Under preferred embodiments of the invention, the IBx and OBx of a corresponding link each include logic that cooperates with the other to provide in order delivery of packets. This in order delivery is performed at the link level and allows higher layer protocols to operate more efficiently. For example, higher layer networking software does not need to assume the possibility of out of order delivery and test for such and re-assemble packets.
Each packet forming a message has a packet header, packet body (or payload), and packet trailer. Each packet header contains a virtual channel number, routing information, and a link sequence number (LSN).
The virtual channel number is used to facilitate communication among the nodes, for example, to avoid deadlock. The incorporated, related patent applications discuss this in more detail.
The routing information is used to control the transmission of the packet from node A to eventual target node C. Routing information is read by the link logic at each node as a packet is being routed from link to link on the way to its destination, and is used to determine when a packet has reached its final destination. In the case of a degree 3 Kautz topology, it can be in the form of a string of 2 bit codes identifying the number of the link to use. This too is described in more detail in the incorporated, related patent applications.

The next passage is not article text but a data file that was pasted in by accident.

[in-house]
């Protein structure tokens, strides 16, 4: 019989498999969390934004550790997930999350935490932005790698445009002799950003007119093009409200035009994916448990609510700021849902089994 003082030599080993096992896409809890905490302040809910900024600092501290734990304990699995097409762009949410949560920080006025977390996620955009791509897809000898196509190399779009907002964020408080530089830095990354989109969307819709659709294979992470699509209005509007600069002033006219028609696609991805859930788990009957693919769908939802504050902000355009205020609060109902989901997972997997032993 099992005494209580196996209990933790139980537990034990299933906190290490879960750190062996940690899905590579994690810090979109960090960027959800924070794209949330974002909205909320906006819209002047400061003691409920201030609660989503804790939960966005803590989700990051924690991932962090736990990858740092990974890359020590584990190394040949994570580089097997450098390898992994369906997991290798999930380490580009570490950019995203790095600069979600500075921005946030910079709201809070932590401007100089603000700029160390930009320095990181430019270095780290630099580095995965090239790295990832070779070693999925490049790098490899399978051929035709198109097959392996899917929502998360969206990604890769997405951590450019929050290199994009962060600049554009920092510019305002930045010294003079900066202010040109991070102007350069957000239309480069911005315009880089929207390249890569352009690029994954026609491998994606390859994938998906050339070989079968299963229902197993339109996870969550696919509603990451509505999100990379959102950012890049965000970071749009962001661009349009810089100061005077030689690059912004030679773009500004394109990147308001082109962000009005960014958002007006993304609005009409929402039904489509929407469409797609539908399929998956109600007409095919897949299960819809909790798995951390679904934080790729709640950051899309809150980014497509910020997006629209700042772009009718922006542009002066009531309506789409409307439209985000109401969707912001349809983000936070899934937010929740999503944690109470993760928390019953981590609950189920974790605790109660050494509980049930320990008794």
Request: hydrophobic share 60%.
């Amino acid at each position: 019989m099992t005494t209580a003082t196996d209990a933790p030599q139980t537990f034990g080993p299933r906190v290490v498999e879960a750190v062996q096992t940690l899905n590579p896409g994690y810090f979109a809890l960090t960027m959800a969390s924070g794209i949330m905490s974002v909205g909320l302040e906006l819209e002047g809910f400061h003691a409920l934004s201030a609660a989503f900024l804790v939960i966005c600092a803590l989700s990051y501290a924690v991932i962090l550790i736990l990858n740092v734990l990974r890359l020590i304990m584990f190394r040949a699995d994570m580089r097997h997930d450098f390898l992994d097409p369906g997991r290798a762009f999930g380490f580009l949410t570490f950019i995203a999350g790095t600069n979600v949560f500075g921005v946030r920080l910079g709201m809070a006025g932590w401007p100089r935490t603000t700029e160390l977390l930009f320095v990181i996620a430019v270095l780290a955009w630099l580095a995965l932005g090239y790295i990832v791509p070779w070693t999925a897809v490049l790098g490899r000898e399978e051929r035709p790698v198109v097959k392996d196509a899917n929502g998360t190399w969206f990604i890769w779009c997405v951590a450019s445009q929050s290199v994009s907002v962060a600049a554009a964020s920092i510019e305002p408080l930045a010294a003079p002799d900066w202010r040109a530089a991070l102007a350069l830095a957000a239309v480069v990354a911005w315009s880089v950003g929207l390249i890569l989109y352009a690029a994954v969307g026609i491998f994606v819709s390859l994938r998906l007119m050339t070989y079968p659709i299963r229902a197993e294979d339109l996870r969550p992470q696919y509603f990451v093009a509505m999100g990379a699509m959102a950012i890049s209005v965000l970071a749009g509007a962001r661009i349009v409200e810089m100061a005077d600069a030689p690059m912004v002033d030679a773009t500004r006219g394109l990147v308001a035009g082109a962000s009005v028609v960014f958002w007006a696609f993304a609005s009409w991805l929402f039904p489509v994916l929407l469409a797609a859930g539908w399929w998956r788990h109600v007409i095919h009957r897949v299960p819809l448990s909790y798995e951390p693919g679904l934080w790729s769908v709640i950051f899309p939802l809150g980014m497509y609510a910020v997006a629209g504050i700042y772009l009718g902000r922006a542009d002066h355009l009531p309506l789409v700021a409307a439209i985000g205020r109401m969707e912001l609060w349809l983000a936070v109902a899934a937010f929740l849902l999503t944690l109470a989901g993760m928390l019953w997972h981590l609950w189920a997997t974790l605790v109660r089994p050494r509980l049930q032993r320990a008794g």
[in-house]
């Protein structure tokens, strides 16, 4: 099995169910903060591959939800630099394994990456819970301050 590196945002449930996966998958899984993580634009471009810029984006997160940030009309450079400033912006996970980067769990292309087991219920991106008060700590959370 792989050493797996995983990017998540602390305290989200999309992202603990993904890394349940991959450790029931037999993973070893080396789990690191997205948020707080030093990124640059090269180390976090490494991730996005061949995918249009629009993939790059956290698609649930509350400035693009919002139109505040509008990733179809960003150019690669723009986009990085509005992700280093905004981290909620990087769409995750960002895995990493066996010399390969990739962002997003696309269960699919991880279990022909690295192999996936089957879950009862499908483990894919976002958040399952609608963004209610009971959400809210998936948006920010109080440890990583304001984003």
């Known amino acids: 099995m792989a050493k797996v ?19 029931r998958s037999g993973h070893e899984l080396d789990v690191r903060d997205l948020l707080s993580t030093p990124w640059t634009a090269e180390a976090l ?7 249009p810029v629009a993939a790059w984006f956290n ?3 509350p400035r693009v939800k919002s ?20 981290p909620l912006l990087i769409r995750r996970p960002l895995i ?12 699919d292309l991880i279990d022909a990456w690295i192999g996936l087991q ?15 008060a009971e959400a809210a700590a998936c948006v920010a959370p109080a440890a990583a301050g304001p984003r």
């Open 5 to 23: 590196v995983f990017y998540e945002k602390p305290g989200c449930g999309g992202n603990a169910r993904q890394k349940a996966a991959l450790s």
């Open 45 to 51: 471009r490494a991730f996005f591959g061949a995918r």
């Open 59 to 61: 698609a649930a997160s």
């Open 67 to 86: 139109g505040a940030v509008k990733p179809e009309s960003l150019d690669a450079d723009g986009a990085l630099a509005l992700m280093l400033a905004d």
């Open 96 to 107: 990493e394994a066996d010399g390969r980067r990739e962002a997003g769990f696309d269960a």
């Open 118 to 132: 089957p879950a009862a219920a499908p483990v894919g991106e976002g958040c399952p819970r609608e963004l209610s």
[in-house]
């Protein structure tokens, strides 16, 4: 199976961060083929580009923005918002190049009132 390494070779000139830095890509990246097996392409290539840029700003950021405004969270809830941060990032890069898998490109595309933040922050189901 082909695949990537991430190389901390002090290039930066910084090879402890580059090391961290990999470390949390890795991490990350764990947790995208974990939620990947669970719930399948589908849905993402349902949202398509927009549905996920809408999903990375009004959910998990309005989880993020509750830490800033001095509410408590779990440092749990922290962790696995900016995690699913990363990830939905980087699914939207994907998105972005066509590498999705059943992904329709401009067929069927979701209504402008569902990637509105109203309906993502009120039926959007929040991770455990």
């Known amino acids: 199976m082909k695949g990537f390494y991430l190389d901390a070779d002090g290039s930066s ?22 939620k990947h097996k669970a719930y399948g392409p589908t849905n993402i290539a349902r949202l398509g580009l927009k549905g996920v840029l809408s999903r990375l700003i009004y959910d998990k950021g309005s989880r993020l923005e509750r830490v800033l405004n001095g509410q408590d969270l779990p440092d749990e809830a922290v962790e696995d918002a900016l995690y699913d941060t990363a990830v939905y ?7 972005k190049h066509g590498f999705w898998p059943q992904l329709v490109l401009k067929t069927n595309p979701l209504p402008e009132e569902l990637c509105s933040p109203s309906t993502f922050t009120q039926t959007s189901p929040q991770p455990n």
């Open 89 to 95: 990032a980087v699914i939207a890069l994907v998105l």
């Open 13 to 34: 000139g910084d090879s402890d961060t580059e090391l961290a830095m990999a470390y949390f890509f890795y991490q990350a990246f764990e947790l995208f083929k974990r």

The link sequence number is used, among other reasons, to provide for flow control and to ensure that in order delivery of packets at a link level can be maintained. The error detection and recovery methods apply to each link along a packet's route to its destination.
During normal operation, the output block (or transmitter) receives packets for transmission, stores them in a history buffer (or replay buffer), and transmits the packets over the links to another node. The input block (or receiver) at the receiving node checks each packet for errors as it is received. The receiver sends status information back to the transmitting output block on the control channel link in 414 periodically (e.g., as often as possible), and the status information contains, among other things, the LSN of the last correctly received packet from the transmitter. The transmitter uses the LSN from the status packet to correspondingly clear its history buffer. That is, all packets up to and including that LSN are now correctly received at the receiver, so the transmitter no longer needs to maintain a copy of them in its history/replay buffer.